You have found that bias is baked into performance reviews. What can be done about that?

There are ways to structure performance evaluations so that they can help interrupt bias, rather than help perpetuate it. These are best practices that help an organization be a more effective meritocracy. For example, you shouldn’t accept a performance evaluation with only a global rating. That is a petri dish for bias.

What makes for a good performance evaluation is what industrial psychologists have been telling us for decades: Figure out what the job is, measure the person against the job and provide evidence and accountability. This is important because in-group favouritism often means that objective rules are applied rigorously to out-groups, but quite leniently to in-groups.

That can also happen in a hiring context. You’ll have a national search and the rules of the search are applied very rigorously until a golden boy comes in and all of a sudden, he’s the search of one. He doesn’t meet any of the criteria, so he’s never been judged against anybody who does, and yet he gets hired. This happens all the time.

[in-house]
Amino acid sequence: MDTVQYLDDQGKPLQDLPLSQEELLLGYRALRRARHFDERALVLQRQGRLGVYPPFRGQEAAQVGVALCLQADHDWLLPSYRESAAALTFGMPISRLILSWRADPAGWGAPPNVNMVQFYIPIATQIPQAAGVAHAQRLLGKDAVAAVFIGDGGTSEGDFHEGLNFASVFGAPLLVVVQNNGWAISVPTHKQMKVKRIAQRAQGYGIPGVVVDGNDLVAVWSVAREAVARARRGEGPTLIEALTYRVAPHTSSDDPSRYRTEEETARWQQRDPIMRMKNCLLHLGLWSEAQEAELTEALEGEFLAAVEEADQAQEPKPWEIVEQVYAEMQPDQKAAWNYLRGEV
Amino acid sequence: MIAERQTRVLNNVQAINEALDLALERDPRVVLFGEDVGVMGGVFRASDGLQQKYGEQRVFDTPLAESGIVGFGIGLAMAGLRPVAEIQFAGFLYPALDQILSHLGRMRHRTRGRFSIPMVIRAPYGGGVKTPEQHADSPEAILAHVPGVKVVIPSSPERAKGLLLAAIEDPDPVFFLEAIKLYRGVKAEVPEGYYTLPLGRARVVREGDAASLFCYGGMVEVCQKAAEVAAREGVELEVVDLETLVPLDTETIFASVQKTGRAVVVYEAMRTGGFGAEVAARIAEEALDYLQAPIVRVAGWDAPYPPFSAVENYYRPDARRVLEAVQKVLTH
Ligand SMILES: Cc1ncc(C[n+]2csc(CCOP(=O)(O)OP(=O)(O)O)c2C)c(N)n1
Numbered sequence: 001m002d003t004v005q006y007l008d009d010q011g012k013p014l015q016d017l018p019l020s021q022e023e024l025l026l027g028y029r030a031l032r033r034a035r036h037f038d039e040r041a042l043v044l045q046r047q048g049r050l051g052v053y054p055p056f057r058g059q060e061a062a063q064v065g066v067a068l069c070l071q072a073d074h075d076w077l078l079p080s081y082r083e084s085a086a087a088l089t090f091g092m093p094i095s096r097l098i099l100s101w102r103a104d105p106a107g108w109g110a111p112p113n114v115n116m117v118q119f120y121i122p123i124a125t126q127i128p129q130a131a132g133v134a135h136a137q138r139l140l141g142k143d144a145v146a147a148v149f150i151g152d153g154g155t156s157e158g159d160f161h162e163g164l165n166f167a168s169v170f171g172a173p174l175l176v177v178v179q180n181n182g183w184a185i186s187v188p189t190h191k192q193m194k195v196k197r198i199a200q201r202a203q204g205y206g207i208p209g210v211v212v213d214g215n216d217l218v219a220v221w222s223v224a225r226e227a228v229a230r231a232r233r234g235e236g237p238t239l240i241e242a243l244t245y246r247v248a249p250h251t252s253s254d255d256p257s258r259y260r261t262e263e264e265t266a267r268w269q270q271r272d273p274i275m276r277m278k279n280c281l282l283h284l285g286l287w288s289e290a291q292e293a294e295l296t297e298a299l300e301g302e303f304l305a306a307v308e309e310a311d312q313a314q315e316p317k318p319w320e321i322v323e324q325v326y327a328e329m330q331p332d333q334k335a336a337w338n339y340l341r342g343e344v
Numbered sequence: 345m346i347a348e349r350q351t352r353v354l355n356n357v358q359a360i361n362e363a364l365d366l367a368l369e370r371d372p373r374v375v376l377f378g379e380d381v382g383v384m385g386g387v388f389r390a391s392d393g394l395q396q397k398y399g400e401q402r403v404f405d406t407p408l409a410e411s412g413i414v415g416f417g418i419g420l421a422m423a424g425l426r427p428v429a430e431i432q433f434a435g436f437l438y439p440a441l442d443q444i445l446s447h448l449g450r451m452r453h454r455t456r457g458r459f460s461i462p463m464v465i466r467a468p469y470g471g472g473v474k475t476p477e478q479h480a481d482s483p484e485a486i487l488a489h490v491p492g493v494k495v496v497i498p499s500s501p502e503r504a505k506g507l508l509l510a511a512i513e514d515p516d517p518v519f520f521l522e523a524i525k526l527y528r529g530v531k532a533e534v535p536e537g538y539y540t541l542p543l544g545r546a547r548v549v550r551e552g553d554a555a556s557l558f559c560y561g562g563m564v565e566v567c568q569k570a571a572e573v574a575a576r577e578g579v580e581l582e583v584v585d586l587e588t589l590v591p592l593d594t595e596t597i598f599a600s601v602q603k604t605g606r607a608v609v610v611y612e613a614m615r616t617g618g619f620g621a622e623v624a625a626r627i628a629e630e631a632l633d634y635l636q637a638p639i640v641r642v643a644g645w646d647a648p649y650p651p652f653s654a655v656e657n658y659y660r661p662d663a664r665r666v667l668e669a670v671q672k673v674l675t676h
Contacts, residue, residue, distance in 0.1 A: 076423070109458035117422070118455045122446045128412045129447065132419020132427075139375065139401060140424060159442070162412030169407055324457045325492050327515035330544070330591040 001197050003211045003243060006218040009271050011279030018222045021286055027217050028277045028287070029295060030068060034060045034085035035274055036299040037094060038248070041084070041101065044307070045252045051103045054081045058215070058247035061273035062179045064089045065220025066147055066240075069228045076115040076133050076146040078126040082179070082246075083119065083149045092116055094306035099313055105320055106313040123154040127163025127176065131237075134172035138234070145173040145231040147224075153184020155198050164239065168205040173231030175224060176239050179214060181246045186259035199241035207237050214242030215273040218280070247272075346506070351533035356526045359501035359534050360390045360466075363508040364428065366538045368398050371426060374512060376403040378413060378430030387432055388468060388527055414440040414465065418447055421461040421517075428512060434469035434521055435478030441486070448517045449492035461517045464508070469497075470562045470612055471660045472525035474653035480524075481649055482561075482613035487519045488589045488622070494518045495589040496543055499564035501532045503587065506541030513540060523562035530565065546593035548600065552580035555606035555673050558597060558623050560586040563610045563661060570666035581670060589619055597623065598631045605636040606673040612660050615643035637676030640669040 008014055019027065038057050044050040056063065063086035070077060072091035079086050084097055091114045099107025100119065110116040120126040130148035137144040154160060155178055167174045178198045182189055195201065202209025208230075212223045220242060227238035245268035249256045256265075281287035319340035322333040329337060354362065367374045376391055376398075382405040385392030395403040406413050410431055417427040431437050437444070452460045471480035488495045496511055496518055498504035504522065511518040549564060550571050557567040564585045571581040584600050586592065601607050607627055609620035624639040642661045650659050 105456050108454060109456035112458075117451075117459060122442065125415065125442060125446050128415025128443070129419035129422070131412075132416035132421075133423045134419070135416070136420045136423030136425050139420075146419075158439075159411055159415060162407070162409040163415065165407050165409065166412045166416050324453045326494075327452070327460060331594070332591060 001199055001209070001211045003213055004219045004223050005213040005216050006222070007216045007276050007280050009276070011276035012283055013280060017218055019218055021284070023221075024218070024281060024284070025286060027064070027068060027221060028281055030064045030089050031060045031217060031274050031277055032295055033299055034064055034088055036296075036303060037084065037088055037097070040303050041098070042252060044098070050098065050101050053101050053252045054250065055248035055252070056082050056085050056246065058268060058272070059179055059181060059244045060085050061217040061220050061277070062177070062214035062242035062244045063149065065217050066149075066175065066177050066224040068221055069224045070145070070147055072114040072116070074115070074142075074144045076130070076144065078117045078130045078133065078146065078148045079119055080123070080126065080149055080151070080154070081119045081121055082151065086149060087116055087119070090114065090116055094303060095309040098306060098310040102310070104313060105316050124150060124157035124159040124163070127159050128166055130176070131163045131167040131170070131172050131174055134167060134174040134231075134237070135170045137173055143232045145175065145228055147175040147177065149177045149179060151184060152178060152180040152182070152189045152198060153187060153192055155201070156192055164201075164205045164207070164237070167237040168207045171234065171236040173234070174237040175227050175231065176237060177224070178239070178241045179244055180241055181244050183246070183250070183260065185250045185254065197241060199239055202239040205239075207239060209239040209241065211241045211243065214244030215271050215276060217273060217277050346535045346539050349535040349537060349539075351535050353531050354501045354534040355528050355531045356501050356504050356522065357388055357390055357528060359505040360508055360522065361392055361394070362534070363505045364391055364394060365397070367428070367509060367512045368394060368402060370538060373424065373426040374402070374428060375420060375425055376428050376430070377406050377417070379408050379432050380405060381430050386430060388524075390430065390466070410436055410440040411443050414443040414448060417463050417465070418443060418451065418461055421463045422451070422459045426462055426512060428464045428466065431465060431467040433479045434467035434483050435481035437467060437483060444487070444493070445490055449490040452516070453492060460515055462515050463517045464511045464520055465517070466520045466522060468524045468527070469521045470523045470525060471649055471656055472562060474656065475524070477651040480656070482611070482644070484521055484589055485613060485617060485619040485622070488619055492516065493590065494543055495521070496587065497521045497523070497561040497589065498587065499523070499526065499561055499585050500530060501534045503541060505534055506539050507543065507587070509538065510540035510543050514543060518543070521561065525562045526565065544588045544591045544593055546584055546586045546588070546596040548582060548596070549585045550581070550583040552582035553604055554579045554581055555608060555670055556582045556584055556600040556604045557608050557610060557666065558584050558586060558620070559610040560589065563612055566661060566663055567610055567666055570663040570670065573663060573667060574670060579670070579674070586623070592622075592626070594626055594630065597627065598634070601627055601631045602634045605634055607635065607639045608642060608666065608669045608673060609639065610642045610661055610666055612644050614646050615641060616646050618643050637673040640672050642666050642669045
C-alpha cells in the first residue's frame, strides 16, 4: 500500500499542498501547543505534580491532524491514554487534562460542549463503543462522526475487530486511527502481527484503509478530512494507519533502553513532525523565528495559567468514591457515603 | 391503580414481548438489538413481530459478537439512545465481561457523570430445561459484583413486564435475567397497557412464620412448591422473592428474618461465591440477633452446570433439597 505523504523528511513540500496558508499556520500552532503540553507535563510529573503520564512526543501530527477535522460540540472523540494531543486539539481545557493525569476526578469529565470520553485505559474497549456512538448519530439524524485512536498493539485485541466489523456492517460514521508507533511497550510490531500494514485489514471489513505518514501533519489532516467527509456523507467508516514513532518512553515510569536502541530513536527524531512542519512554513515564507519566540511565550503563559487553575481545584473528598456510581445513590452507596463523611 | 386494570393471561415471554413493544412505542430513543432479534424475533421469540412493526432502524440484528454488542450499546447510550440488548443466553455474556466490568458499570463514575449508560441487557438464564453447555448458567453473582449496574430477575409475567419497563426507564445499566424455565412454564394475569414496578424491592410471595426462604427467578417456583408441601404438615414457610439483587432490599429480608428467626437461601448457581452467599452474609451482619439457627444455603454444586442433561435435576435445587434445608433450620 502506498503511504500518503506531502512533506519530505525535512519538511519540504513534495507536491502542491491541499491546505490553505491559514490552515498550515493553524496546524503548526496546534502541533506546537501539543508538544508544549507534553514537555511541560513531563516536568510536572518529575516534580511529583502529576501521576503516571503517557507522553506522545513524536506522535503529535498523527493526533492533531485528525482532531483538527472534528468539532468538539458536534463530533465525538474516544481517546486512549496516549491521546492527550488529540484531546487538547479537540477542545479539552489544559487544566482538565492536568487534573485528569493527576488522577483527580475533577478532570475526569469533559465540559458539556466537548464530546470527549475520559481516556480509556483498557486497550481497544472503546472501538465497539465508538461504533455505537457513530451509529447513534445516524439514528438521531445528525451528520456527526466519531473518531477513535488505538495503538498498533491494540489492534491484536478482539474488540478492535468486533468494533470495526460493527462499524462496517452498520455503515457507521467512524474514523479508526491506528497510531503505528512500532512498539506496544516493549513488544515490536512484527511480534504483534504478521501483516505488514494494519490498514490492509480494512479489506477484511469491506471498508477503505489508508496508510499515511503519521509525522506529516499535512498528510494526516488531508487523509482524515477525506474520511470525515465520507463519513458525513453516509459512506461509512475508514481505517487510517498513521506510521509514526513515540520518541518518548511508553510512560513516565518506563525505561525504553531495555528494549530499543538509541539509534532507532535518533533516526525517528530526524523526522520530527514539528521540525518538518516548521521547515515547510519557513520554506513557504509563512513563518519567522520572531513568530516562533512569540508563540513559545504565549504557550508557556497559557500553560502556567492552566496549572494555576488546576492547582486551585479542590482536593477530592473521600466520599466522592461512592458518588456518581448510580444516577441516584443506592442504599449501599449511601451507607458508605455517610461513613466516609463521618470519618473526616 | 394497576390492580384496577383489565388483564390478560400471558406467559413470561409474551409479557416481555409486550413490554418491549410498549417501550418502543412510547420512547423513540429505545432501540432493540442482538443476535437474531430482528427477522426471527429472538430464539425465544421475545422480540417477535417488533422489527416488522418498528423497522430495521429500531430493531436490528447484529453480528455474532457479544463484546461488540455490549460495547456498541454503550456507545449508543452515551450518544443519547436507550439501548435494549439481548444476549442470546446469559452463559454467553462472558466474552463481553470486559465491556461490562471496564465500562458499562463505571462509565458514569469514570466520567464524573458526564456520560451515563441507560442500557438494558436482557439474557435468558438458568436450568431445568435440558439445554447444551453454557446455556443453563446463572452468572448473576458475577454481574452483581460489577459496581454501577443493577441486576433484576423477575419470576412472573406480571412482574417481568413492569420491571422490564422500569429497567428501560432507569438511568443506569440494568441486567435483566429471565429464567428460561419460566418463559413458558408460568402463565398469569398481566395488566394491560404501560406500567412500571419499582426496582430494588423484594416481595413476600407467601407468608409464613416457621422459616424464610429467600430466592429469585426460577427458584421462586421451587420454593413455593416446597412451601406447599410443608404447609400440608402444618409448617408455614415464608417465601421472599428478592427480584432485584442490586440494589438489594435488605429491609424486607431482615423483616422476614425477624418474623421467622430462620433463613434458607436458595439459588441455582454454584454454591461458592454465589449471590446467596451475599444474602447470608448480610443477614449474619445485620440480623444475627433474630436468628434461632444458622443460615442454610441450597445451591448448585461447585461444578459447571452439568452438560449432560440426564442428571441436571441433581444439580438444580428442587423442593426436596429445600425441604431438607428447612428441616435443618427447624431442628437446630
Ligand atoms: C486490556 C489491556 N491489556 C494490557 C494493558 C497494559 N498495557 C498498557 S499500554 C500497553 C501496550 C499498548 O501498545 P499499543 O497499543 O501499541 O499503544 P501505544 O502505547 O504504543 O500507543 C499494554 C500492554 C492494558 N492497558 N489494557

As you have indicated, most organizations aren’t doing anti-bias training properly. How do we build a business case for doing it right?

I actually stopped working on a business case ten years ago. No matter how much evidence you have, it’s never enough to persuade the disbelievers. There will always be some reason why the business case doesn’t apply. I don’t think the issue is the business case. I think most people are convinced of the need to achieve diversity; but they don’t know how to get there. It’s more of a change management issue.

Can your prescription for interrupting bias at the team level be scaled up and applied enterprise-wide?